Journal of Medical Physics
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Year : 1986  |  Volume : 11  |  Issue : 3  |  Page : 587

Parameter Specification Required For A Semiconductor Detector

Correspondence Address:
Goran Rikner

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Source of Support: None, Conflict of Interest: None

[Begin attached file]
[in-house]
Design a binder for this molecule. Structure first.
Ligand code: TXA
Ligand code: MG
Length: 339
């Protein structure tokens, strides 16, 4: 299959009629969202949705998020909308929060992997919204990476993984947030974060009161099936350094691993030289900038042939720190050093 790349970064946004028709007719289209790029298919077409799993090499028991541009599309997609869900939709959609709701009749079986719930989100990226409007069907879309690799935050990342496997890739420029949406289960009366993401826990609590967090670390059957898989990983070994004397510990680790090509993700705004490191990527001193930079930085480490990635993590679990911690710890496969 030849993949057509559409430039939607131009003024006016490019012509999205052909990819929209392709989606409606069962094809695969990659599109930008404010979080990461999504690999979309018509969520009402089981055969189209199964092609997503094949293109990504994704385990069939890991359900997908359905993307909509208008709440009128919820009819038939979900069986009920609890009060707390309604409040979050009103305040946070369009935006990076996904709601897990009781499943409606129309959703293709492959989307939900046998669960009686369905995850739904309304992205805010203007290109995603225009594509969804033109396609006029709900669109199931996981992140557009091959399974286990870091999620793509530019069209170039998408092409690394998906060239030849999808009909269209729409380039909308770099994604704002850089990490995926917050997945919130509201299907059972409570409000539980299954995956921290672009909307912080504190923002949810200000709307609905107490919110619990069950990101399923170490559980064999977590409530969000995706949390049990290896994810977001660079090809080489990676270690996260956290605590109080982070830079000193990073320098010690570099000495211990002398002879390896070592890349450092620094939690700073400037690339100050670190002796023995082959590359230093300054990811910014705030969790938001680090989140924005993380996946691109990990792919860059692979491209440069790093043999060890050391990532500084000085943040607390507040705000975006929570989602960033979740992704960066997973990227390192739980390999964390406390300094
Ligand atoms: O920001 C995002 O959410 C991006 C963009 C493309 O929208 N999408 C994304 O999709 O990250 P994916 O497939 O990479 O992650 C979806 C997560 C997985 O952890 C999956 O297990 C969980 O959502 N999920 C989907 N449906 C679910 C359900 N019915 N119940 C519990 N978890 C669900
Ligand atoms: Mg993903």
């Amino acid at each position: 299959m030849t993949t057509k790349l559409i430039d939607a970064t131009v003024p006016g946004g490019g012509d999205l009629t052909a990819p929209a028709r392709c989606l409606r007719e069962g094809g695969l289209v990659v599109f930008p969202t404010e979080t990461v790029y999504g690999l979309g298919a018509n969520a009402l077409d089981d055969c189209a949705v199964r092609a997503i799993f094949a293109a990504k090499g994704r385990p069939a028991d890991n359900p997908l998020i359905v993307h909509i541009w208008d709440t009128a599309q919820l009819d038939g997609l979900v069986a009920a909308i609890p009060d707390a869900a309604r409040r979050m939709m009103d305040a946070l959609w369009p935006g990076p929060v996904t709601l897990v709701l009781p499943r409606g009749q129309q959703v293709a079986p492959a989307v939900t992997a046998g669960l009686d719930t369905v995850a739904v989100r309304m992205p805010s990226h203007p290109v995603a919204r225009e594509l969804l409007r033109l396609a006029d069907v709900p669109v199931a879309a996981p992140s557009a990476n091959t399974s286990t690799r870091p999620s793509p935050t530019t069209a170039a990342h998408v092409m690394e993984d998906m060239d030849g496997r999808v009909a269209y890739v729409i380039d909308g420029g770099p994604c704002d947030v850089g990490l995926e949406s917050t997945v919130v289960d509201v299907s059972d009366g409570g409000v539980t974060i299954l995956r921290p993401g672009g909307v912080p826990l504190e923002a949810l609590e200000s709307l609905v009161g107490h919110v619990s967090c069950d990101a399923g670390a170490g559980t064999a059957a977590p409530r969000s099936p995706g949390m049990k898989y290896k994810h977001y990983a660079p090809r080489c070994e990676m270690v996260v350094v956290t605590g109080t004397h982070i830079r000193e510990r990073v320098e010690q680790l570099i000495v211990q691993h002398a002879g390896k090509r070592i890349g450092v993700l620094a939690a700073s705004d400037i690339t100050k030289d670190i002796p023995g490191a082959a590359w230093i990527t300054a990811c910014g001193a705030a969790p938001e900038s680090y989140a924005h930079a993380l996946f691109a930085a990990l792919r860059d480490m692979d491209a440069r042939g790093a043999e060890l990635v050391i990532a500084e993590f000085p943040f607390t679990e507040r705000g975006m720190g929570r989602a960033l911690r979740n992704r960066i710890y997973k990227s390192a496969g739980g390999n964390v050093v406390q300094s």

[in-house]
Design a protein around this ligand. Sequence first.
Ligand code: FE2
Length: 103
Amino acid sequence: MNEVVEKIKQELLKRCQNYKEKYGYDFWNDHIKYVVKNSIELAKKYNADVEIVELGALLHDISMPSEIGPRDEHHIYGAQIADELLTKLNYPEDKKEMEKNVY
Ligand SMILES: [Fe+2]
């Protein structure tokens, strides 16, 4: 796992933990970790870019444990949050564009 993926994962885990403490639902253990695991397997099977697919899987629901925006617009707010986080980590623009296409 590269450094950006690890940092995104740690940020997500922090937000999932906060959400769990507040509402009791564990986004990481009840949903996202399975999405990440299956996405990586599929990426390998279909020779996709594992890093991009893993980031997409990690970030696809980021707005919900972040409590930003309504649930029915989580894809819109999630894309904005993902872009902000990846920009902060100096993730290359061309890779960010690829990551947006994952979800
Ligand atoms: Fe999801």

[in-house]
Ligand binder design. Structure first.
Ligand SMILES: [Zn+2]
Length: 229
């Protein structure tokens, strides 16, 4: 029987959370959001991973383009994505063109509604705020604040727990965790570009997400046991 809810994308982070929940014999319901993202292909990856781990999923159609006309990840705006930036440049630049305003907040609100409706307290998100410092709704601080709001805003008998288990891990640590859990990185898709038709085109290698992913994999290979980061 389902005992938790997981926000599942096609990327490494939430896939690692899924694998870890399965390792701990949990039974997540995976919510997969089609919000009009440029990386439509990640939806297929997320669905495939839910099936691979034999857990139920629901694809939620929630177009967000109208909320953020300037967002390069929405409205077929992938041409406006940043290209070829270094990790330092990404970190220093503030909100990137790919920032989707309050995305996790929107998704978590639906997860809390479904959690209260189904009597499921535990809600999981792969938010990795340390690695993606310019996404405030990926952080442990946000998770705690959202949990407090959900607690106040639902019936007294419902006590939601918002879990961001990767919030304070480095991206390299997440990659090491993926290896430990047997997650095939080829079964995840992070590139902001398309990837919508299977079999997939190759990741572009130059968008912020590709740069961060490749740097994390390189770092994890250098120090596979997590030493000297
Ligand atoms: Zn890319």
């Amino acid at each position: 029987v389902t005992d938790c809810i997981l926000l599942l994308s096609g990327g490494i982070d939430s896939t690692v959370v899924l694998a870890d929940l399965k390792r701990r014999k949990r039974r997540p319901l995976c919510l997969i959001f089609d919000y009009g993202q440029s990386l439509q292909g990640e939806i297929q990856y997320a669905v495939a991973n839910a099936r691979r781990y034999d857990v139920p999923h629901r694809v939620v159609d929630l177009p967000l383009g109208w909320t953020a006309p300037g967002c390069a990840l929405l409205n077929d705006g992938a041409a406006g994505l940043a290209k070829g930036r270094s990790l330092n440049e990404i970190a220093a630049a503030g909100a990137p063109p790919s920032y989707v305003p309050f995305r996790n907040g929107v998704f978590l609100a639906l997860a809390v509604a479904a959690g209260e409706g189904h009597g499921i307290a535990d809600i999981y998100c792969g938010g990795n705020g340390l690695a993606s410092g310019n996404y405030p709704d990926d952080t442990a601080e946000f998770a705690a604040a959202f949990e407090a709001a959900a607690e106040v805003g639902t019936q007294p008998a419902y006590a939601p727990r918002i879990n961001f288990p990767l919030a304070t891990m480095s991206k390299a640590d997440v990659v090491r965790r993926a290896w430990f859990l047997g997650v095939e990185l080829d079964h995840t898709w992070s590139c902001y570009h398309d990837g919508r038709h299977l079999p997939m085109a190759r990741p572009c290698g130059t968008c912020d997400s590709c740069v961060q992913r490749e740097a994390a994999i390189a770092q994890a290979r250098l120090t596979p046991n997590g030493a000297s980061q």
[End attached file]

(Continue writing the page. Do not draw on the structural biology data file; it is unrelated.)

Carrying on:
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Semiconductor detectors are frequently used in radiation dosimetry. During the last years several papers have been presented showing that there are many parameters to take into consideration in order to describe the characteristics of a semiconductor detector. In this presentation these parameters are described and discussed. 1) Type of doping. n-or p-doped detectors can be used. For an n-type detector a nonlinear response with dose rate will be developed as an effect of radiation damage. p-type detectors will not see this drawback. p-type doping also shows a less sensitivity loss when radiation damaged. 2) Doping level. An increased doping level will normally give shorter life times and thus also a lower sensitivity of the detector. The maximum dose per pulse for linear response is also depending on the doping level. The higher doping level the higher the linearity will stay between dose rate and signal. 3) Preirradiation level. Except a sensitivity drop and a dose rate non-linearity (for n-type detectors) the sensitivity variation with temperature (SVWT) will increase as a function of preirradiation. Unirradiated the SVWT will be less stays fairly constant. 4) Mechanical description. As for other detectors the knowledge of the mechanical of the detector is very important. Incapsulation, connector design, energy compensation etc. must be described in detail as the effective measuring point and directional dependence will change with these parameters. 5) The effective measuring point should be given with an accuracy of 0.5 mm for at least one radiation quality for a detector to be used in a water phantom and within 1 mm if used in patient dosimetry. 6) Directional dependence. The directional dependence for must be known, as if correction factors are applied to the reading they have to be weighted in accordance to the directional dependence. 7) Detector volume. Both the detector area and the effective measuring volume must be known as the statistical noice in the reading is correlated to the detector size. The spatial resolution is also depending on the detector size. 8) Leakage current and connection to electrometer. In order to avoid incorrect readings it is important to use a detector with as small leakage current as possible in a short curcuit mode to an electrometer. The electrometer itself must have a low input offset drift but not necessarily a high electronic gain.

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